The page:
1. 1.

    Find an \((n, n, n, n-1)\) Turyn-Type (TT) sequence \(\{X,Y,Z,W\}\).

  2. 2.

    Construct base sequences \(\{A,B,C,D\}\)

  3. 3.

    Construct T-sequences \(\{ T_1,T_2,T_3,T_4\}\)

  4. 4.

    Construct seed sequences \(\{A_1,A_2,A_3,A_4\}\)

  5. 5.

    Construct block symmetric circular matrices \(\{X_{A1},X_{A2},X_{A3},X_{A4}\}\)

  6. 6.

    Construct Hadamard matrix, which is given by

    $$\begin{aligned} H= \begin{pmatrix} X_{A1} &{} X_{A2}R &{} X_{A3}R &{} X_{A4}R \\ -X_{A2}R &{} X_{A1} &{} X_{A4}^TR &{} -X_{A3}^TR\\ -X_{A3}R &{} -X_{A4}^TR &{} X_{A1} &{} X_{A2}^TR\\ -X_{A4}R &{} X_{A3}^TR &{} -X_{A2}^TR &{} X_{A1} \end{pmatrix} \end{aligned}$$

    where R is a back-diagonal identity matrix of size \(k \times k\) as follows

    $$\begin{aligned} R= \begin{pmatrix} 0 &{} 0 &{} \cdots &{} 0 &{} 1 \\ 0 &{} 0 &{} \cdots &{} 1 &{} 0 \\ \cdots &{} \cdots &{}\cdots &{} \cdots &{} \cdots \\ 0 &{} 1 &{} \cdots &{} 0 &{} 0 \\ 1 &{} 0 &{} \cdots &{} 0 &{} 0 \\ \end{pmatrix} \end{aligned}$$

We derive the energy function from the requirement of a valid TT-sequences given by,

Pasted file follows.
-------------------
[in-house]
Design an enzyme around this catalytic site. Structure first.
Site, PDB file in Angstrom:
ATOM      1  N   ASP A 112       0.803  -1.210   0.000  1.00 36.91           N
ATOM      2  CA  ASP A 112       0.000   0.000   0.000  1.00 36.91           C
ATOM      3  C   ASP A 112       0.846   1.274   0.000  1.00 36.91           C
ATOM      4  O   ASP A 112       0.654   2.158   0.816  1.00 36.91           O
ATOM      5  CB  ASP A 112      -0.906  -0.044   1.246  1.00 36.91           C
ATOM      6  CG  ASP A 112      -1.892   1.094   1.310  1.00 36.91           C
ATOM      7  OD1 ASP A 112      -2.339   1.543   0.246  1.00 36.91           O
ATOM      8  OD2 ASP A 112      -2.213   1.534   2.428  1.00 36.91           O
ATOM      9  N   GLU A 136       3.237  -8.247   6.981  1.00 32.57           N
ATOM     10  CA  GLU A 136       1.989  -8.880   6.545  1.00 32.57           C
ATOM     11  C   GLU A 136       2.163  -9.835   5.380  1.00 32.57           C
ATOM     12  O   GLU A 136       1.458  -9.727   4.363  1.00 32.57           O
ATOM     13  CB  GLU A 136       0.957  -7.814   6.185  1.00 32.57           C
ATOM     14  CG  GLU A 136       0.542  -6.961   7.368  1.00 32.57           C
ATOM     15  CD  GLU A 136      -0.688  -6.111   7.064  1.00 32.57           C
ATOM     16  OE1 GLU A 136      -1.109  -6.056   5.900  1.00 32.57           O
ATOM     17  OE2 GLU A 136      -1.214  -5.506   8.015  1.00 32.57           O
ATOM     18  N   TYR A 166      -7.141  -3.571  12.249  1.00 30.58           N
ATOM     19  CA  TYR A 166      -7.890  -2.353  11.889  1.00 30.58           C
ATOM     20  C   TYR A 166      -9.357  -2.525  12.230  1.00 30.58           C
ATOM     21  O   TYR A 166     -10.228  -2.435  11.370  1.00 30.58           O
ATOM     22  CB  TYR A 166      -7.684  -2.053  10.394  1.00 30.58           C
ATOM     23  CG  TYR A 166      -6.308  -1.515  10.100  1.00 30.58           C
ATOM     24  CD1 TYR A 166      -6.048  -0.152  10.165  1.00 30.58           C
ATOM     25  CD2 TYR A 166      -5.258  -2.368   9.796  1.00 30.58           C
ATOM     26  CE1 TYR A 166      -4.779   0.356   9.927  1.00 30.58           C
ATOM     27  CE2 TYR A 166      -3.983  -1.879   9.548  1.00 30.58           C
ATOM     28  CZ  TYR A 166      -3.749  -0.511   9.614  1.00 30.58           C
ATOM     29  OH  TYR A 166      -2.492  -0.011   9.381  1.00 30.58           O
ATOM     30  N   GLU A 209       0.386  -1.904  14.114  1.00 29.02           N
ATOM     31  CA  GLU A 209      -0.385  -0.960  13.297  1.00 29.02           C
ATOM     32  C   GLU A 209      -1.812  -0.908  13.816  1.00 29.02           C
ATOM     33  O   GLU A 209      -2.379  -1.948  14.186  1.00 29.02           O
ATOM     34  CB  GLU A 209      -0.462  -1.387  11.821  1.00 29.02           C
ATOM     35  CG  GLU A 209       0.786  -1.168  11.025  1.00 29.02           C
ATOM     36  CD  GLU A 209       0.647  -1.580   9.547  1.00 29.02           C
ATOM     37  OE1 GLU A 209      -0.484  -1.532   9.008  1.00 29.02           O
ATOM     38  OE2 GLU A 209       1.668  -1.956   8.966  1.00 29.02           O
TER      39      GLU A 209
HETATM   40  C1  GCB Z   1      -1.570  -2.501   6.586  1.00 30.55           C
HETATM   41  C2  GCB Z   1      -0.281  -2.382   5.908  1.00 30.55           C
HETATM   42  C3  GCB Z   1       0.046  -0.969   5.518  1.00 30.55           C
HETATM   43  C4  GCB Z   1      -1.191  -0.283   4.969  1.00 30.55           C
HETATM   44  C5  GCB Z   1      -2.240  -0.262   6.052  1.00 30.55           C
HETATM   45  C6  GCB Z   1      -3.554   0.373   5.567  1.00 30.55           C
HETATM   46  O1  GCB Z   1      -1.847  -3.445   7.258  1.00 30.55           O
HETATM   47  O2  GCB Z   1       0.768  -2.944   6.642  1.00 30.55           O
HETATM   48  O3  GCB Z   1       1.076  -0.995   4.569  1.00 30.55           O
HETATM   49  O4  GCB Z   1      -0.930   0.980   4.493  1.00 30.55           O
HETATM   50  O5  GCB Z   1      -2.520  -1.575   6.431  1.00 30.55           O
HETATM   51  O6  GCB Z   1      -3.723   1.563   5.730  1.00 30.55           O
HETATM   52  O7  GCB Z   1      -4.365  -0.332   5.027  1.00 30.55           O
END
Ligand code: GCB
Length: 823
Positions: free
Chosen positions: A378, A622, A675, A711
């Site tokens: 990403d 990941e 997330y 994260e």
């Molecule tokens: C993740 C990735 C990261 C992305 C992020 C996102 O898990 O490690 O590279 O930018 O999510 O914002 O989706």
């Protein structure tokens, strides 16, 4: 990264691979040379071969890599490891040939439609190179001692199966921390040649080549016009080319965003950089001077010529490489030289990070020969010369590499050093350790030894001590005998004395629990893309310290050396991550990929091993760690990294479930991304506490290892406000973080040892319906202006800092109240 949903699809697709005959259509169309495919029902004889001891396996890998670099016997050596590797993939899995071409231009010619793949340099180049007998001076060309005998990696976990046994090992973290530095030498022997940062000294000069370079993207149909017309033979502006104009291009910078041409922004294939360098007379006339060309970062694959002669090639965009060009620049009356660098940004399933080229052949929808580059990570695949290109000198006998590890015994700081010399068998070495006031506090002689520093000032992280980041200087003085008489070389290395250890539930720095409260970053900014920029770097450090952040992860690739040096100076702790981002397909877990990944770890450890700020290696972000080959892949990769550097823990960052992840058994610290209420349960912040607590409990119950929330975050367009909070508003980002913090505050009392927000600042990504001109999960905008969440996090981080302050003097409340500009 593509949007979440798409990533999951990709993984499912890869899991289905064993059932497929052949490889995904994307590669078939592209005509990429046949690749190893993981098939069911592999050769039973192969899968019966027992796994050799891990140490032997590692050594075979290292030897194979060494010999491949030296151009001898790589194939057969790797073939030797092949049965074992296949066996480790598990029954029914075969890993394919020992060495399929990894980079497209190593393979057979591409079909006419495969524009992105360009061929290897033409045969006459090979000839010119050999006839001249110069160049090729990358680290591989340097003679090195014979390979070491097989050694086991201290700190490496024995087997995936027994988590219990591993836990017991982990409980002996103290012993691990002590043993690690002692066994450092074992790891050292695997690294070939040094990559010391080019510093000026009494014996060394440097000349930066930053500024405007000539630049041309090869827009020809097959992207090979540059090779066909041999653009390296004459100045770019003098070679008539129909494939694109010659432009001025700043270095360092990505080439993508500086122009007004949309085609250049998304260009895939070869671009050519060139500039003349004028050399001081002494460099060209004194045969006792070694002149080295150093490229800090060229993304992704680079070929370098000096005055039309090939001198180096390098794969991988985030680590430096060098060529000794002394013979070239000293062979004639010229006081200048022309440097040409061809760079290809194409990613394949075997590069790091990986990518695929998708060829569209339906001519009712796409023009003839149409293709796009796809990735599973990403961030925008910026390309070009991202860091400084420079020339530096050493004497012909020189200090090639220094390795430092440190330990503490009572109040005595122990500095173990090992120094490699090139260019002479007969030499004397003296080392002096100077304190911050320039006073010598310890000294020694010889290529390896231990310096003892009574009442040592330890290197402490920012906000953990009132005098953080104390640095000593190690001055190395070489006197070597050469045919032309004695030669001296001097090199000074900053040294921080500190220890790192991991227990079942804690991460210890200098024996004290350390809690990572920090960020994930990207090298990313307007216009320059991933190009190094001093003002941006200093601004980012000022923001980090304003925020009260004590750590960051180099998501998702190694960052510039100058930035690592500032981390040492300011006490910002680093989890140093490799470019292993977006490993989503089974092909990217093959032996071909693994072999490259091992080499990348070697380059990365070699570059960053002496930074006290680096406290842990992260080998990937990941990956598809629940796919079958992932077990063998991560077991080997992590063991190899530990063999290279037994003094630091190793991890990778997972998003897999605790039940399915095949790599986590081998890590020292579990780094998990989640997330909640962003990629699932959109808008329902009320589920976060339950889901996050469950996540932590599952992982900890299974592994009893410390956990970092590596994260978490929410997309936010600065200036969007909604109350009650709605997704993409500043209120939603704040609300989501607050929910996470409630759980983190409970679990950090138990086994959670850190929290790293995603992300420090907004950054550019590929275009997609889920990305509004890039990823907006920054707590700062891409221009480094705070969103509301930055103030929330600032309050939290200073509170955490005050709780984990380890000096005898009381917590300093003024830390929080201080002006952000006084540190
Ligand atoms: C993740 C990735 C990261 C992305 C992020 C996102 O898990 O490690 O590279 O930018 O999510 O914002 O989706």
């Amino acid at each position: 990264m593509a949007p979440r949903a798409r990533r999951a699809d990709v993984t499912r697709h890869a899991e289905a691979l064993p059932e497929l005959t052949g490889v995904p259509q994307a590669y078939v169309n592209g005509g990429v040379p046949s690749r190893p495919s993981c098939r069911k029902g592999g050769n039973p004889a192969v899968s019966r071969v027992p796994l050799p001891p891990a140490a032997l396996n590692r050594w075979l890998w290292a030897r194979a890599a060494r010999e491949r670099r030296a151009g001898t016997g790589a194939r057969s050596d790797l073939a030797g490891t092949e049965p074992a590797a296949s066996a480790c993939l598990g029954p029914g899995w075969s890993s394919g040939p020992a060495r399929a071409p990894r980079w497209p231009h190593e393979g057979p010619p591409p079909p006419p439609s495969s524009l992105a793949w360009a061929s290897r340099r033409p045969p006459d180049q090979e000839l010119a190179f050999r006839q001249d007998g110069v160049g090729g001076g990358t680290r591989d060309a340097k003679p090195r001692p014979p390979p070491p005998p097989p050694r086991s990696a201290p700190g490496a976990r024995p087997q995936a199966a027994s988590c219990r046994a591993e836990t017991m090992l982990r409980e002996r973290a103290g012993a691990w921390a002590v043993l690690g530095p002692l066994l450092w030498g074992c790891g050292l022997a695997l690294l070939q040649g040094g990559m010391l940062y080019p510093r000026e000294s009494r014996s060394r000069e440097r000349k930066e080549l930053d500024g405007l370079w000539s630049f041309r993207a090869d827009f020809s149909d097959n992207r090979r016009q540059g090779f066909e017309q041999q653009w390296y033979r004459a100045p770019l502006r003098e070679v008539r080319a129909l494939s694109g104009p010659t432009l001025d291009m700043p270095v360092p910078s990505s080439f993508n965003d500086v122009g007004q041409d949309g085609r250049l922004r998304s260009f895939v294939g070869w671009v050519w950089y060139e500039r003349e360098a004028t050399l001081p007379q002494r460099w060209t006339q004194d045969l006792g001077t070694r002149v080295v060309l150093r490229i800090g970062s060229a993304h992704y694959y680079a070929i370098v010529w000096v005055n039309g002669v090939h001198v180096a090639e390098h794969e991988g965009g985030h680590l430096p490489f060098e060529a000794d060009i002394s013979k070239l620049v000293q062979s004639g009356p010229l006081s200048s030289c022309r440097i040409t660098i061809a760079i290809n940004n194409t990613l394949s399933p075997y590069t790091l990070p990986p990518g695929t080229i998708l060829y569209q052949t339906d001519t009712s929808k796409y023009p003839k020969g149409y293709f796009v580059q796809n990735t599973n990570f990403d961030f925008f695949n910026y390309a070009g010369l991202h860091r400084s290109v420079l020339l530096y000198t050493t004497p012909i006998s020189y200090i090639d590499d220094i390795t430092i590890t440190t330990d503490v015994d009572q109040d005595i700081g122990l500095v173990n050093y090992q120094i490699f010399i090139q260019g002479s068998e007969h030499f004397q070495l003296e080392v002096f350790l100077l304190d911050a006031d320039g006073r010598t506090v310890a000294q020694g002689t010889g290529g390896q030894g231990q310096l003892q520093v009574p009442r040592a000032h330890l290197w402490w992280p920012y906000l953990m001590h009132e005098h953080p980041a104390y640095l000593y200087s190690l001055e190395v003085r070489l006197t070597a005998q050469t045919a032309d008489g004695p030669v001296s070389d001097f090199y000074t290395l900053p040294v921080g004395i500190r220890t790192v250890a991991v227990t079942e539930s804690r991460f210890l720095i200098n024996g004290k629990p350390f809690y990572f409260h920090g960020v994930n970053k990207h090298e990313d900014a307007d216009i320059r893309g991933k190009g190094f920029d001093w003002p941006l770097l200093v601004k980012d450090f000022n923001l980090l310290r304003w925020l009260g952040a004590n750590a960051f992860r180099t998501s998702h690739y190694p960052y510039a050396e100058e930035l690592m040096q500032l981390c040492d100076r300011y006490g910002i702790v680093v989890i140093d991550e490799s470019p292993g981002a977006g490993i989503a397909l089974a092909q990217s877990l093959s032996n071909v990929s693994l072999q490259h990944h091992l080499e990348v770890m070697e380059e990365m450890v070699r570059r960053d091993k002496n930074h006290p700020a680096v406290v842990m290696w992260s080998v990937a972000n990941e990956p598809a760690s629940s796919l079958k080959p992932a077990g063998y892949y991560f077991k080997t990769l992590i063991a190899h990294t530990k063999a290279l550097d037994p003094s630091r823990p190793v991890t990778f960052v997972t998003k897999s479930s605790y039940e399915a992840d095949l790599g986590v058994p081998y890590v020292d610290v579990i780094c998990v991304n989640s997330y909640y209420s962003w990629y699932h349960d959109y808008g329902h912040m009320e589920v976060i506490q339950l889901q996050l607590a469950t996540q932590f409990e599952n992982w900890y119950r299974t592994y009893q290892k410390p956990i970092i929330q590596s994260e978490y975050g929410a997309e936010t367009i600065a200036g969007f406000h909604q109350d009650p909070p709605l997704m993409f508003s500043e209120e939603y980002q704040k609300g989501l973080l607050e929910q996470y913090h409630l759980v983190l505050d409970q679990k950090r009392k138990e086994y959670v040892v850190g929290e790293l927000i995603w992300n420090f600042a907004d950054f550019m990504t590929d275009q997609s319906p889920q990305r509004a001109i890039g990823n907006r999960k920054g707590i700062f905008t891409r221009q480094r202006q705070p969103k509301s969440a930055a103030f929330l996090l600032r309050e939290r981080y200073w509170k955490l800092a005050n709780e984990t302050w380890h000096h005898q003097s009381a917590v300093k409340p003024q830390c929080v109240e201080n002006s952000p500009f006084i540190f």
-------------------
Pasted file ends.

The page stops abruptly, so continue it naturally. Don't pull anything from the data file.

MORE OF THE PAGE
$$\begin{aligned} N_X(r) +N_Y(r) +2N_Z(r) +2N_W(r)=0; r\ge 1 \end{aligned}$$

where \(N_X(r),N_Y(r),N_Z(r),N_W(r)\) are non-periodic auto-correlation functions of the sequences \(\{X,Y,Z,W\}\) calculated at lag-r, respectively. The non-periodic auto-correlation function of a sequence \(V=[v_0,v_1, \ldots , v_{n-1}]^T\) is given by,

$$\begin{aligned} N_V(r)=\sum _{t=0}^{n-1-r} v_i v_{i+r} \end{aligned}$$

for \(r = 0, 1,\ldots , n-1\) and \(N_V(r)=0\) for \(r\ge n\). Since the value given by the left-hand side of Eq. (33) can be negative, whereas the annealing is performed to achieve a minimum value, we adopt a non-negative energy function which are sum of squared value of the auto-correlation function at each lag \(r\ge 1\) as follows,

$$\begin{aligned} E\equiv \sum _{r\ge 1} \left( N_X(r)+N_Y(r)+2N_Z(r)+2N_W(r)\right) ^2 \end{aligned}$$

To efficiently use available qubits in the quantum processor, it is important to reduce the number of variables encoded to the qubits as few as possible. We can achieve this by further employing the property of the TT-sequences. In this case, we can normalize the TT-sequences16 to obtain \(X^T=(x_0, x_1, \ldots x_{n-1})\), \(Y^T=(y_0, y_1, \ldots y_{n-1})^T\), \(Z^T=(z_0, z_1, \ldots z_{n-1})\), and \(W^T=(w_0, w_1, \ldots w_{n-1})\), which have the following properties

  • \(x_0=y_0=z_0=w_0=1\)

  • \(x_{n-1}=y_{n-1}=-1, z_{n-1}=1\)

  • \(x_1=x_{n-2}=1, y_1y_{n-2}=-1\)

For clarity, in the followings we present an example of the Hamiltonian formulation for the lowest order of \(k=4\) case. The first step as described previously is to find a TT(4) -sequences \(\{X,Y,Z,W\}\). By representing the elements of the sequences as binary (spin) variables \(s_i\in \{-1,+1\}\), and applying the properties of a normalized sequence explained previously, a TT(4) will be as follows,